As a teenager, Leifer said he knew exactly what he wanted to do with his life. He wanted to combine his passion for sports with his love of photography. “Besides, I knew it would let me have the best seat in the house which I never would have been able to afford,” Leifer said.

In 1958, pluck and ingenuity propelled Leifer toward his desired career. He would arrive early at Yankee Stadium for New York Giants football games and volunteer to wheel in disabled veterans. “There were 50 or 60 veterans and only 6 or 7 people to push the wheelchairs. Once we got them in, we could watch the game,” Leifer said. He explained that he would bring hot coffee to shivering police officers who would “look the other way” while Leifer would pull his cheap camera out from under his coat and shoot some pictures from the bench or the end zone. It was this arrangment that allowed him to capture his first great shot: Johnny Unitas scoring the winning touchdown in what is still called the greatest professional football game ever played. “I learned that day that 75 percent of great sports photography is luck and the rest is getting the shot,” Leifer explained.

Leifer readily admits that boxing is his favorite sport, with the incomparable Ali his favorite subject of all-time. Leifer captured Ali in more than 70 different photo sessions, some staged and some acted out on canvas. “Ali was God’s gift to every journalist and photographer. He made everything you did that much better,” he said.

Not surprisingly, Leifer calls Ali that greatest athlete he ever photographed. Numbers 2 and 3 aren’t as obvious, however. He lists triple-crown winner Secretariat as second. In 3rd place, he claims it is American Olympic skater Eric Heiden. “He raced in all 5 speed skating races, won all 5, and set 4 records,” Leifer said. “I think that may be the most incredible sports performance of all-time.”

And what, after the millions of photos he has taken, is his favorite? Leifer says that answer is easy – it is the 1966 picture of Ali walking back to his corner in the Houston Astrodome after kocking out his challenger. “That picture … there isn’t a thing I would change,” Leifer said. “It’s the only one of my pictures I have hanging in my house.”

While Leifer is most known for his collection of sports shots, he has scored with some non-sports pictures, too. One of his favorite photos came after he convinced Cuban dictator Fidel Castro to light his cigar and then have a shot of both of them smoking away.  Leifer captured a Time magazine cover with his shot of Pope John Paul. And then there is the rare  picture of a hat-wearing President John Kennedy at the opening day of the 1961 baseball season at Washington’s Griffith Stadium. Leifer explained how he captured that picture. As was then custom, Kennedy,  as president was called upon to throw out the first pitch. “Let’s just say he had a lousy delivery.  I knew I didn’t have a picture there,” Leifer said. So, for the next 8 innings, he sat with his back to the game, waiting for a worthwhile shot of JFK. “I was hoping he would eat a hot dog and get some mustard on his chin, but he wasn’t really doing anything,” Leifer said. Suddenly, it became colder and Kennedy did something he never did – he placed a hat on his head. Then, Leifer was once again the recipient of great luck. A high foul ball headed toward the Presidential box, Kennedy turned, Leifer clicked, and another award-winning photo was captured. “I always say this is the picture of the Kennedy administration leaning left. Caroline Kennedy once told me that (picture) was the only time she had ever seen her Dad with a hat on,” Leifer said.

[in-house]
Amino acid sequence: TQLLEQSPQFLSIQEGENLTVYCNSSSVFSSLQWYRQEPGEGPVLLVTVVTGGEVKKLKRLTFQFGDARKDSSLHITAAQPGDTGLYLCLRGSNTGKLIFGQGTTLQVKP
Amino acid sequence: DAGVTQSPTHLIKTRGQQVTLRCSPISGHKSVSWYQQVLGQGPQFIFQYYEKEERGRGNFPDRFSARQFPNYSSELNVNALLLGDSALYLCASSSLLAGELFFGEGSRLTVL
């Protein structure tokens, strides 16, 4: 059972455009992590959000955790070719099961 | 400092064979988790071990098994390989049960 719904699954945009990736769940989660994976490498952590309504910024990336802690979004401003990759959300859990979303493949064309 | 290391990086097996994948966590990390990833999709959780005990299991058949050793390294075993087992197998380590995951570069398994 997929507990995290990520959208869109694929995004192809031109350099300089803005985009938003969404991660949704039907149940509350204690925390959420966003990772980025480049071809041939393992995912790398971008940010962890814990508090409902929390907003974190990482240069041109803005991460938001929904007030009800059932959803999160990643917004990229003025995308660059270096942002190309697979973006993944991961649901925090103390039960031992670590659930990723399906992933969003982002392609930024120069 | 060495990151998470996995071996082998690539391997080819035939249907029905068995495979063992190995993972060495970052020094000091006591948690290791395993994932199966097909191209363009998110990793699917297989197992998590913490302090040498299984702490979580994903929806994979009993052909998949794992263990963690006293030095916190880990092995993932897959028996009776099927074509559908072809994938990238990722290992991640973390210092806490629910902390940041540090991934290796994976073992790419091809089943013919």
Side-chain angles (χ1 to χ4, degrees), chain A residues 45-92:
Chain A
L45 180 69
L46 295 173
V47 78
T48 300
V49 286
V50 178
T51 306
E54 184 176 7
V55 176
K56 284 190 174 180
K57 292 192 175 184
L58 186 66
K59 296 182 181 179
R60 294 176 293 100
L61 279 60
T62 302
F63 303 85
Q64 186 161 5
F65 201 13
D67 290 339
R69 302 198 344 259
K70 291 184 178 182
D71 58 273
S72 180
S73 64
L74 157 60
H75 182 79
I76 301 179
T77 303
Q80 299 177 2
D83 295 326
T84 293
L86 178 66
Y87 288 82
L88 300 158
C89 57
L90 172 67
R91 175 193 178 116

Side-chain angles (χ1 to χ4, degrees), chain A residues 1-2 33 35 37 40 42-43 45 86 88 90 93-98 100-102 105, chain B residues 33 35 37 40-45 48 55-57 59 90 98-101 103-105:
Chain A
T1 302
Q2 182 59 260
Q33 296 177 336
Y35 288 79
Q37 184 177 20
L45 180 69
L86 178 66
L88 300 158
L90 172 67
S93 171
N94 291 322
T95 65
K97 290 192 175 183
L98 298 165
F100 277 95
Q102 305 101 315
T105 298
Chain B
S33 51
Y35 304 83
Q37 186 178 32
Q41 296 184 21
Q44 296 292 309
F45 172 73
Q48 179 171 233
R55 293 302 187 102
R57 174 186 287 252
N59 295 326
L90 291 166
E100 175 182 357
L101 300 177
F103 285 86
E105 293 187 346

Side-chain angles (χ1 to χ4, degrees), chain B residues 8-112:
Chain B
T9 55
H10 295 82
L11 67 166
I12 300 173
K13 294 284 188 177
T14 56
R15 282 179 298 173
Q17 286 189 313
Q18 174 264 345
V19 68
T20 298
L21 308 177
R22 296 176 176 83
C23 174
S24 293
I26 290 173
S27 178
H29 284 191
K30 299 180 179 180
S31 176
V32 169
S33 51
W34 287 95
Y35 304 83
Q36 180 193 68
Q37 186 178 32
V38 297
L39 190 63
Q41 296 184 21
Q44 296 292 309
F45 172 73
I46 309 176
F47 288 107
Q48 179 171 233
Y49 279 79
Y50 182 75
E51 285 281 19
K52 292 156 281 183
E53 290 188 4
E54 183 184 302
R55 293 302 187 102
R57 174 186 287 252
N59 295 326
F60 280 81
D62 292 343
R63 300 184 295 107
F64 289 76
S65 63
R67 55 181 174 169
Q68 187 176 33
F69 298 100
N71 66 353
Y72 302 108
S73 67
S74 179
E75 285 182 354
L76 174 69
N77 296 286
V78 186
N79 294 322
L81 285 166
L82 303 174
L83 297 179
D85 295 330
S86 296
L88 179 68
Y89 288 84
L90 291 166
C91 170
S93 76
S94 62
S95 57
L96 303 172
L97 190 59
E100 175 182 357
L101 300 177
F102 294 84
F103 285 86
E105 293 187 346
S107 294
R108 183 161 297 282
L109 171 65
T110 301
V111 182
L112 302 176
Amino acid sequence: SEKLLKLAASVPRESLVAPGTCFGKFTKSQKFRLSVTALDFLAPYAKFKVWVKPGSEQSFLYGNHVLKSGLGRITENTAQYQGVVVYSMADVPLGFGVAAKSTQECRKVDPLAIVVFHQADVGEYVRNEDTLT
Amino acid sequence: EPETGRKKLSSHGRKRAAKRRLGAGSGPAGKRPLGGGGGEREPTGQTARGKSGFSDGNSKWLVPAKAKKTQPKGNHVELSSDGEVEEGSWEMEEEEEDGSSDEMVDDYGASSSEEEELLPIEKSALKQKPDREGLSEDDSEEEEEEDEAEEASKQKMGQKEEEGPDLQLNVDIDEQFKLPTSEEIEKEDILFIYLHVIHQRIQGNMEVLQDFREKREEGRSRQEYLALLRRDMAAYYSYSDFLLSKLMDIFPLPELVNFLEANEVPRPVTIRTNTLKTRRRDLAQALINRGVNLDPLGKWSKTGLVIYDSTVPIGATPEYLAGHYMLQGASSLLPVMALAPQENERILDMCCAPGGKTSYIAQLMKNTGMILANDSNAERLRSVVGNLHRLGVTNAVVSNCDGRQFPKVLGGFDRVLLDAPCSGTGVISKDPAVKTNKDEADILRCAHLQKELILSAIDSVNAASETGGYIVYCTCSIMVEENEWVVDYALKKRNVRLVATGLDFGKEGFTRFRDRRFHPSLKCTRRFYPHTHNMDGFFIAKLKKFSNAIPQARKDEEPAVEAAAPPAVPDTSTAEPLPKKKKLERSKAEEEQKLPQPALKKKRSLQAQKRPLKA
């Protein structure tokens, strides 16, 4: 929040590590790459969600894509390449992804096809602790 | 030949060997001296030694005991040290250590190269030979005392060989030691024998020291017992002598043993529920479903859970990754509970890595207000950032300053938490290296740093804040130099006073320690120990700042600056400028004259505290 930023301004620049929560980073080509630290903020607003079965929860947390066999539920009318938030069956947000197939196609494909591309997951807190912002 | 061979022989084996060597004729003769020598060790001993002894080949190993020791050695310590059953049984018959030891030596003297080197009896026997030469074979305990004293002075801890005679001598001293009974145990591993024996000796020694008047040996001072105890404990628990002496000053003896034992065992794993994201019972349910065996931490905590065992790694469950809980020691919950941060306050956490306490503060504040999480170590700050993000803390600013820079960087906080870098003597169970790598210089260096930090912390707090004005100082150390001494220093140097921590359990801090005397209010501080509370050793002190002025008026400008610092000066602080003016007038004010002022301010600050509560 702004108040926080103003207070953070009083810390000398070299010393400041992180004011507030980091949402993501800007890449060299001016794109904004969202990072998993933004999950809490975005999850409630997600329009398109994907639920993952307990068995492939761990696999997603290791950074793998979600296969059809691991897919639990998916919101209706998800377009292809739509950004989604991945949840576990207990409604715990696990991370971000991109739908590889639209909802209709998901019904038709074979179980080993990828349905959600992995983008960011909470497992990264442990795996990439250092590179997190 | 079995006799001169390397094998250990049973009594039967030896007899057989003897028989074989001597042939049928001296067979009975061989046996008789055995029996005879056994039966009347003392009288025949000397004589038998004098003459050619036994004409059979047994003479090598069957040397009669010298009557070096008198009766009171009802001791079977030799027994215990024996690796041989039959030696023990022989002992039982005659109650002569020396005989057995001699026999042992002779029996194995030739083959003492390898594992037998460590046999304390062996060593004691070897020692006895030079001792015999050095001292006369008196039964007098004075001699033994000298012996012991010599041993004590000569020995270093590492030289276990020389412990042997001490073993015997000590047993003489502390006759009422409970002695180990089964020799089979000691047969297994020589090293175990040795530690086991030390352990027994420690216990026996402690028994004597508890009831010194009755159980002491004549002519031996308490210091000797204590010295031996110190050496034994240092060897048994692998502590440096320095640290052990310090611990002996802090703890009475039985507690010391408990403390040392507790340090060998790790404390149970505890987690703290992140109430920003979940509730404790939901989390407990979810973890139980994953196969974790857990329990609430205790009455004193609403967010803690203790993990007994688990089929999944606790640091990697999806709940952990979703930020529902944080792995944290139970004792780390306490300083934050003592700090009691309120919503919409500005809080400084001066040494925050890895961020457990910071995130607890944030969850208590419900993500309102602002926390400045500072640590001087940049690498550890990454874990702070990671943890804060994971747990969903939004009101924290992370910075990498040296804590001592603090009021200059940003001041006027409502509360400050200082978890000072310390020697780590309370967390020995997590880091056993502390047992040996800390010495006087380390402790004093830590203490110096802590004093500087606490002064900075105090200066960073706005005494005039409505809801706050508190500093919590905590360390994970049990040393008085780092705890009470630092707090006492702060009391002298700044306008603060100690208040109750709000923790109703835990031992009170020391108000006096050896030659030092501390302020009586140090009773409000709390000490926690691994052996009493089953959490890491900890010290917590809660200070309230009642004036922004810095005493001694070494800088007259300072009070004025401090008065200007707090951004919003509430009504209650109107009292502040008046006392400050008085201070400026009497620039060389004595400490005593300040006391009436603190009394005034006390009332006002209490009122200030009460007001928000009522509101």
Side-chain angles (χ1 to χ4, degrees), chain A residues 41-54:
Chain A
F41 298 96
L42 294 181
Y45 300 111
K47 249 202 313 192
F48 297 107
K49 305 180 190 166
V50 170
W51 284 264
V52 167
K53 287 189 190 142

During the audience question-and-answer session, Leiffer was asked if there were any shots he regretted not capturing.  “Of course,” he responded. “You’re paid not to miss, but you do. Sometimes it comes down to being in the right seat. There’s skill involved, but as I say, there’s a lot of luck, too.”

Coffee said Leifer is an extreme rarity in the sports world, a non-athlete who is considered as famous as the subjects he is covering. “I’ve been with Neil at an event and it’s sort of like being backstage with Bono at a U2 concert.  John McEnroe comes to Neil’s table to greet him,” Coffee explained.